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Personalised marketing has moved beyond merely understanding the individual consumer, to the point of building personalisation based on country-specific, age and gender attitudes – as a well as characteristics and attributes that convey the communication to feel personal to different audiences, reveals the new study from Periscope by McKinsey.
In all markets surveyed, more than 50% of customers reveal that they frequently receive personalised messages, finds the same body of research, which questioned consumers across US, UK, Germany and France to help retailers understand how to achieve a sustainable growth via personalisation.
Conversely, respondents in the US and France receive the most personalised communication, with 62% and 60% of consumers, respectively, in comparison to clientele in Germany and the UK followed by 55% and 53%.
Overall, consumers reveal a positive attitude to receiving personalised messages from retailers.
Consumers in the US report positive feelings towards communication sent to them, with 50% say they “really” or “somewhat” liking getting them-demonstrating a green-light for retailers to connect with their audience.
French and UK customers appear to be less enthusiastic, with 38% and 37% respectively, feeling “somewhat” or “very favourable.” Whereas, consumers in Germany were more sceptical, with less than a third (29%) having an affirmative attitude towards personalised messaging.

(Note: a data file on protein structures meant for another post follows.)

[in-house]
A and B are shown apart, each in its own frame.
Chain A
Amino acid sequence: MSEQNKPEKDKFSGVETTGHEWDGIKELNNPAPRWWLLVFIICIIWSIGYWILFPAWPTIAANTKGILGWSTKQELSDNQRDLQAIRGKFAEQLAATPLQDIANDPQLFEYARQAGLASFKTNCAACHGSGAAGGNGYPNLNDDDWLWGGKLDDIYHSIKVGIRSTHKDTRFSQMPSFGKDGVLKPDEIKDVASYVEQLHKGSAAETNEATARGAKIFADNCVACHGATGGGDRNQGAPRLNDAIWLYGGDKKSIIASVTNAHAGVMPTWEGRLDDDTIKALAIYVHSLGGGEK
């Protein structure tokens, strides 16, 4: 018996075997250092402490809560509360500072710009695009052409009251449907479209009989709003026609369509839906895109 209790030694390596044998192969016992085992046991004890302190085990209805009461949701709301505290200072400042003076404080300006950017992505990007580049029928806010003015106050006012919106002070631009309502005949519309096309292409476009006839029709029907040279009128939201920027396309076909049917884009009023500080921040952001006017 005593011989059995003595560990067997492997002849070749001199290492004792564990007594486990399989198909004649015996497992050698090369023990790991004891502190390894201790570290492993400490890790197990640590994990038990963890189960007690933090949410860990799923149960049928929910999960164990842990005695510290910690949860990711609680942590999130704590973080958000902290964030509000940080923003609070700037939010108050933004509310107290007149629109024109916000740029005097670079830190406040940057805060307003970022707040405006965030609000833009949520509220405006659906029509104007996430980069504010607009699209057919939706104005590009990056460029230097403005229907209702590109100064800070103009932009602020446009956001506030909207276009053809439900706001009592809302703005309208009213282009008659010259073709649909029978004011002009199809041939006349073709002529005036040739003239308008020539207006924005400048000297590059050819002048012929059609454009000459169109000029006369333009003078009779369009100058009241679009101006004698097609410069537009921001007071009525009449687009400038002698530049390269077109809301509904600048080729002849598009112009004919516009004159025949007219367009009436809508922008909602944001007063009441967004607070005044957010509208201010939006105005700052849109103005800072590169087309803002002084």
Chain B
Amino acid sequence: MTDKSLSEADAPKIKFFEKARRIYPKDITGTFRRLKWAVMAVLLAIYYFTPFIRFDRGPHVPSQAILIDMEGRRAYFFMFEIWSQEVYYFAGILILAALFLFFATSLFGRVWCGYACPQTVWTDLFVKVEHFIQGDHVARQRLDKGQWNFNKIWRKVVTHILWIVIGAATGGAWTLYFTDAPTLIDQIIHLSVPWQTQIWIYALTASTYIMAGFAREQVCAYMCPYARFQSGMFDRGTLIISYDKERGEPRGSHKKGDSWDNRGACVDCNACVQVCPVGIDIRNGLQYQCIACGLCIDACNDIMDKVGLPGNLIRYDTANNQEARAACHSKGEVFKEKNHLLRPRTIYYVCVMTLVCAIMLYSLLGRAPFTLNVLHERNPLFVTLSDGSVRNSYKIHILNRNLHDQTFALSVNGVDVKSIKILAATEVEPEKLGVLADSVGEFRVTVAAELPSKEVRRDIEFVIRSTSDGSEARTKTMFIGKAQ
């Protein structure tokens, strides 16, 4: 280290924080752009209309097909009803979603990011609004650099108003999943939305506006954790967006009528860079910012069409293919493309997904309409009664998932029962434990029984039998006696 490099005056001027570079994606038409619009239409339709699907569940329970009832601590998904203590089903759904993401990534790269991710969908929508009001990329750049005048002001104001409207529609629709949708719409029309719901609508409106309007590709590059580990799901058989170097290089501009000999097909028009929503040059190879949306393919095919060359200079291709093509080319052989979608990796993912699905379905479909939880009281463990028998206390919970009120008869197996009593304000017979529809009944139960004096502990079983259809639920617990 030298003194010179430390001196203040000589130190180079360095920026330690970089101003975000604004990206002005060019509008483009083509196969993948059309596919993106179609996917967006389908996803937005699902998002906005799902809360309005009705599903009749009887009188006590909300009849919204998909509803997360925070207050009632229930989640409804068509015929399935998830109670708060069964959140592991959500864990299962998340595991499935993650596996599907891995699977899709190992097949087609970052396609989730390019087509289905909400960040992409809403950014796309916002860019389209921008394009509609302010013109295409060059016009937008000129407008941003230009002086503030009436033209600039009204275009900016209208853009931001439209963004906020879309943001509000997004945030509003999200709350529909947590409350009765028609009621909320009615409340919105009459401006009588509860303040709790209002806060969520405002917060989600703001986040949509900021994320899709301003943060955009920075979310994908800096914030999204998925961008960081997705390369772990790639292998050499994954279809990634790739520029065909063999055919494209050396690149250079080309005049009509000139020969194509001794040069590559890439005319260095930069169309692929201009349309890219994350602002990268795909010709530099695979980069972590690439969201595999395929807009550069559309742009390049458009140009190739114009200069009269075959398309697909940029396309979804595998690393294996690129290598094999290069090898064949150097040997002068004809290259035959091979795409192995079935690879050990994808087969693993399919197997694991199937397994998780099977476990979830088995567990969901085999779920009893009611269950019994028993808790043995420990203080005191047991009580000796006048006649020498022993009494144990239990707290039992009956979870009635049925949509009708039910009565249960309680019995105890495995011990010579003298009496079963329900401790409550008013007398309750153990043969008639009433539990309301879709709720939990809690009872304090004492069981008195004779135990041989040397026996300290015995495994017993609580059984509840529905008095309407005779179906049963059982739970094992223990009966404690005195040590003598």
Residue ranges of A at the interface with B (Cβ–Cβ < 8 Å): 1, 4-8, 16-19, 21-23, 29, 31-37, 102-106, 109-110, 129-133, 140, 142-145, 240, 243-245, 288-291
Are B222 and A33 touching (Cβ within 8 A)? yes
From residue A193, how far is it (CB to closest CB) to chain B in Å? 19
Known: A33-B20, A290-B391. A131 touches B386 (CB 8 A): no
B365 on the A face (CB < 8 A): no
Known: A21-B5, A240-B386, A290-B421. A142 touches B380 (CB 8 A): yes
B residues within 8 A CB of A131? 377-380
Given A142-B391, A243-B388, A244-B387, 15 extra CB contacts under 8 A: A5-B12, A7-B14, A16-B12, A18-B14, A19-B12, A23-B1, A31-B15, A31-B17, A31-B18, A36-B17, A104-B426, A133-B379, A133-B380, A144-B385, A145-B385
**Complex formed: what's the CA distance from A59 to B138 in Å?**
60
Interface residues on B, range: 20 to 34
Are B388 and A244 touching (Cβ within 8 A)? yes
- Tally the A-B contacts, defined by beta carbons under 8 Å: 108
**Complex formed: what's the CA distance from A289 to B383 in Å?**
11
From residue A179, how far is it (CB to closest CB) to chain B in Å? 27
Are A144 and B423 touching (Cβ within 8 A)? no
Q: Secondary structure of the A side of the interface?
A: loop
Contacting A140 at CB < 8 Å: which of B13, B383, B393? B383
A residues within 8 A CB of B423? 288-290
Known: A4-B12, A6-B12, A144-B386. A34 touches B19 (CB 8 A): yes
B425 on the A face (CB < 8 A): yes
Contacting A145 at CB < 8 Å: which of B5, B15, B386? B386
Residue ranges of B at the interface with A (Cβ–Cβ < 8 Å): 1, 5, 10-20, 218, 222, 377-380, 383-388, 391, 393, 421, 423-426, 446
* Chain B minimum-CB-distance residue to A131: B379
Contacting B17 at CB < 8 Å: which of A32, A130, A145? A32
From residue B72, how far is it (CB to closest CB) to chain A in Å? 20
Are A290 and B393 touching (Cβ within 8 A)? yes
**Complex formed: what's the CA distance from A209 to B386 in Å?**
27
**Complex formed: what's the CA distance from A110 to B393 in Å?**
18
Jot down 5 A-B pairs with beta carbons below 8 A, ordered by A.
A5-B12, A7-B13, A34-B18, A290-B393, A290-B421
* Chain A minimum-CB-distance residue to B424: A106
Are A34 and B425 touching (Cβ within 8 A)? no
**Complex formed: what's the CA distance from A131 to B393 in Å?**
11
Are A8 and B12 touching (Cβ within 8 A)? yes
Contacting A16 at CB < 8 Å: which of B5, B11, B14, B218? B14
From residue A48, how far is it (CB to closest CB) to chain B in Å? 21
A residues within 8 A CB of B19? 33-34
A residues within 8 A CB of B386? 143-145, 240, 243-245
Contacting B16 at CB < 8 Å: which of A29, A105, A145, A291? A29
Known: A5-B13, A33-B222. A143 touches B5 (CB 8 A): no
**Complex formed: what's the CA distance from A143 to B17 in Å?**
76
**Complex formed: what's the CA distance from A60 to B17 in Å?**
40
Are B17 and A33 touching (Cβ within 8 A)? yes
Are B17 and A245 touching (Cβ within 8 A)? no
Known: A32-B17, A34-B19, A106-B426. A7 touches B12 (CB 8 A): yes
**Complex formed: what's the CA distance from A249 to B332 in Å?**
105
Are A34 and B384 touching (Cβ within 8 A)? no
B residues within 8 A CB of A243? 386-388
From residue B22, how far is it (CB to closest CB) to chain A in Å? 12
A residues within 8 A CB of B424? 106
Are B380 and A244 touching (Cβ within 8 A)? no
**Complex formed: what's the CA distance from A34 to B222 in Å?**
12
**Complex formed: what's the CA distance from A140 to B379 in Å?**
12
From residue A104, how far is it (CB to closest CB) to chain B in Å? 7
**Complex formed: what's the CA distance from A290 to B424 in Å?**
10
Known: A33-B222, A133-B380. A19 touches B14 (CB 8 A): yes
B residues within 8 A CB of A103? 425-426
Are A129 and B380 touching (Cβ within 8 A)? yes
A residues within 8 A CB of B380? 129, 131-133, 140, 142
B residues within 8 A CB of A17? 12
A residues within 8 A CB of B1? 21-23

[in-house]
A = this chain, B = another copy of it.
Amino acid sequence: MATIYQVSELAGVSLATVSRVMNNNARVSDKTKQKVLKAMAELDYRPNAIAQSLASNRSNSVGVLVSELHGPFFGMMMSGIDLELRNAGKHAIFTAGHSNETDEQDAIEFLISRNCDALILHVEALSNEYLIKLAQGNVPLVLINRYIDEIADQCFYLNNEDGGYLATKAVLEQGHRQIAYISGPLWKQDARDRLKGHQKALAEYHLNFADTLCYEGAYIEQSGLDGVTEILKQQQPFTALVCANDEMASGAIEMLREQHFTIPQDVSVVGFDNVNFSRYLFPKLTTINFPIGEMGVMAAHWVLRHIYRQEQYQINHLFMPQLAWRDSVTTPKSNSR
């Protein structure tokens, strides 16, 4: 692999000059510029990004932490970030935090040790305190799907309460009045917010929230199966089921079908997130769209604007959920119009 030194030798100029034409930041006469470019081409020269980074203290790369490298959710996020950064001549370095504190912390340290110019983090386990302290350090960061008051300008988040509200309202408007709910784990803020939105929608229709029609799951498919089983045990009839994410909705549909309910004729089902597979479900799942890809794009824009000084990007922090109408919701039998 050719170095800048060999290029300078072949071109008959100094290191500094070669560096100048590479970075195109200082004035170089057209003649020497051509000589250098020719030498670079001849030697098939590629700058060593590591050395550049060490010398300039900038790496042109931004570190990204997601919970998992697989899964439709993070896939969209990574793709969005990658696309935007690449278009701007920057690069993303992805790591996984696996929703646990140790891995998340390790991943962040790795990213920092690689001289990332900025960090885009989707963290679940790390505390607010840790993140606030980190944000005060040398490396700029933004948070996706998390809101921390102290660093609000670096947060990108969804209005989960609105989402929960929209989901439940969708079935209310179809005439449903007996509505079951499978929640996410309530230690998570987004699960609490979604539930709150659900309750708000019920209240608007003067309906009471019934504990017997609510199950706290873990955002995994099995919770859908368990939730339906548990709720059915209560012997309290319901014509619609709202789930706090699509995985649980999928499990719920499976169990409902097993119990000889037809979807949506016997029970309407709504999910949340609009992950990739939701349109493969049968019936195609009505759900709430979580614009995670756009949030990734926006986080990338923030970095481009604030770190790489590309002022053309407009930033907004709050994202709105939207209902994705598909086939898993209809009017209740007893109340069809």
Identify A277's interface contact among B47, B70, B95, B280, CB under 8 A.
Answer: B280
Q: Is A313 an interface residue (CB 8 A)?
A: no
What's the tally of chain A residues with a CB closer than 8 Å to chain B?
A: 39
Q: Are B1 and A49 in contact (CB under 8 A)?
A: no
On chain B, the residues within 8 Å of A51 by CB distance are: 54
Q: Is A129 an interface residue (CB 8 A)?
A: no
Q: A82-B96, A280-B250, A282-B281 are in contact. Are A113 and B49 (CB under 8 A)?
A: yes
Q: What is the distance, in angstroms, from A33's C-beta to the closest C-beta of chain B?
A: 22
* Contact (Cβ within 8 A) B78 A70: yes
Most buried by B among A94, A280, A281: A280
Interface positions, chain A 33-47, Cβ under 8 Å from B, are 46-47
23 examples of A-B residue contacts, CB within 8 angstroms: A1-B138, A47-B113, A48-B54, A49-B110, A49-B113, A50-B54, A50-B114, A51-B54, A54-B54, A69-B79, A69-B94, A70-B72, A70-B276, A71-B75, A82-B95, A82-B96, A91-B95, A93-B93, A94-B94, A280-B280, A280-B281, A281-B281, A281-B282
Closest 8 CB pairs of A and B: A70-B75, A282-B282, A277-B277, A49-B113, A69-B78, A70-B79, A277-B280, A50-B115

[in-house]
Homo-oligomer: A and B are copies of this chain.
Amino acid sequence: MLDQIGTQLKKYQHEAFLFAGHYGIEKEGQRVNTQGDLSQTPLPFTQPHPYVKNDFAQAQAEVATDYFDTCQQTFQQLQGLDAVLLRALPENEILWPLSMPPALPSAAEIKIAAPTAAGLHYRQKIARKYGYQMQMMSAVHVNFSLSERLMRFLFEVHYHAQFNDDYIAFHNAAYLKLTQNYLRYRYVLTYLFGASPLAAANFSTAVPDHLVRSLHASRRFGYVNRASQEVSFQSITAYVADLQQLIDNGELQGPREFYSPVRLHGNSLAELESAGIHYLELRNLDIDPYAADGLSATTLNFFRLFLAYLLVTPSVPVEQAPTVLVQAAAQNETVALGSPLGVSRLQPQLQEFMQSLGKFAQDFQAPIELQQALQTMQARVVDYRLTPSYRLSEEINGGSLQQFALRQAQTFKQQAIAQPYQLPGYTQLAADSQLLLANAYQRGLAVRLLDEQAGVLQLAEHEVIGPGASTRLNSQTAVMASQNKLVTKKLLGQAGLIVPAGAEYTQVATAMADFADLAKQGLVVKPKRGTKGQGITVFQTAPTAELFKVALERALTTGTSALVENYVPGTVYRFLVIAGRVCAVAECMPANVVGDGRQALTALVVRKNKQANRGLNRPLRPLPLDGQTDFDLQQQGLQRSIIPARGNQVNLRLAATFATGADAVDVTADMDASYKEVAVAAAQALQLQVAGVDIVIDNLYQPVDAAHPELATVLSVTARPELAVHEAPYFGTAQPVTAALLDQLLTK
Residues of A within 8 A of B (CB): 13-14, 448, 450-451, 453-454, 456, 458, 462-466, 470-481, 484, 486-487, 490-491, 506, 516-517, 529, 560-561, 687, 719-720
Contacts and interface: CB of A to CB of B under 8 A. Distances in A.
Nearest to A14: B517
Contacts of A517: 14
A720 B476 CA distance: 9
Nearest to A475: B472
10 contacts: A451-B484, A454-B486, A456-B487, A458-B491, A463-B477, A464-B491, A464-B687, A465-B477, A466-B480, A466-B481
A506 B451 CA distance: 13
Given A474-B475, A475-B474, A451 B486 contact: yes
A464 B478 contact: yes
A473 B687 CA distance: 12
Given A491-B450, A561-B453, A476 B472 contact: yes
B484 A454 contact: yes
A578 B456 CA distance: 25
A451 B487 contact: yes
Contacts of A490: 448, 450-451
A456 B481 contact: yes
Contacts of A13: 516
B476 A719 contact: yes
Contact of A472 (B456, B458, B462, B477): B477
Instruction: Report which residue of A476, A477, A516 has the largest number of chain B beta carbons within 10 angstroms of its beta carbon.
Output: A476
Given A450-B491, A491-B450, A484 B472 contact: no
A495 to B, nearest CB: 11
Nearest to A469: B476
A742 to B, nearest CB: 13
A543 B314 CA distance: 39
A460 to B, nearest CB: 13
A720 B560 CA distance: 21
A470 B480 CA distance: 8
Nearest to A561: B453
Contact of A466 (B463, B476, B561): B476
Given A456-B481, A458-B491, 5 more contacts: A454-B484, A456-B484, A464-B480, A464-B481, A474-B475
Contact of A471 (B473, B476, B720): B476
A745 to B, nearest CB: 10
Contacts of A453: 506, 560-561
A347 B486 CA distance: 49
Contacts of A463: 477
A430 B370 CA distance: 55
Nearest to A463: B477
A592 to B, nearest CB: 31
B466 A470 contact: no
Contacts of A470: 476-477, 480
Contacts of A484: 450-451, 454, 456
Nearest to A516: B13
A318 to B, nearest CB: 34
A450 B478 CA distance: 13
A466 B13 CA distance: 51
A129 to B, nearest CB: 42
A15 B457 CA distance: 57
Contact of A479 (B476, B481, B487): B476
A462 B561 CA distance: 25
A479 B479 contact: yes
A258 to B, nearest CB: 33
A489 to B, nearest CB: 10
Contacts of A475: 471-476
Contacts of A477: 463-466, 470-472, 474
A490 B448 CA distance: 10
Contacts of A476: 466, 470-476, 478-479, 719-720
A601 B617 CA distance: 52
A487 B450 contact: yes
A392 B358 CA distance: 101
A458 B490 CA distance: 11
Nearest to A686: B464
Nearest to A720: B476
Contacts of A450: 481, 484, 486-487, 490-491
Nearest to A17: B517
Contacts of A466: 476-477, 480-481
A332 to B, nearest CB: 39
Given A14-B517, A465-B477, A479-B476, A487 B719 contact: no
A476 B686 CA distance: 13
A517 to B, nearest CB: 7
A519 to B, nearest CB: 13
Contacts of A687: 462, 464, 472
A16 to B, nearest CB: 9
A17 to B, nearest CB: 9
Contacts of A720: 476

The report goes on to say that gender plays an important role when it comes to crafting a personalised piece of communication.
As it appears, men in the US (56%) and Germany (33%) are more approving of getting their inbox inundated with these type of messages in comparison to women, with 44% and 25%, respectively.
The picture is entirely different in the UK and France. In fact, 39% of French and British women equally say they either “somewhat” or “very much” like to get targeted with personalised communication, as contrasted to 37% of French and 35% of British male consumers.
Age also impacts the frame of mind towards personalised marketing. With the exception of Germany, clientele aged 30-39 welcome personalisation, followed by respondents of the 18-29 age cohort. The older generation, being less digitally-savvy demonstrated a significantly stronger dislike of this type of communication.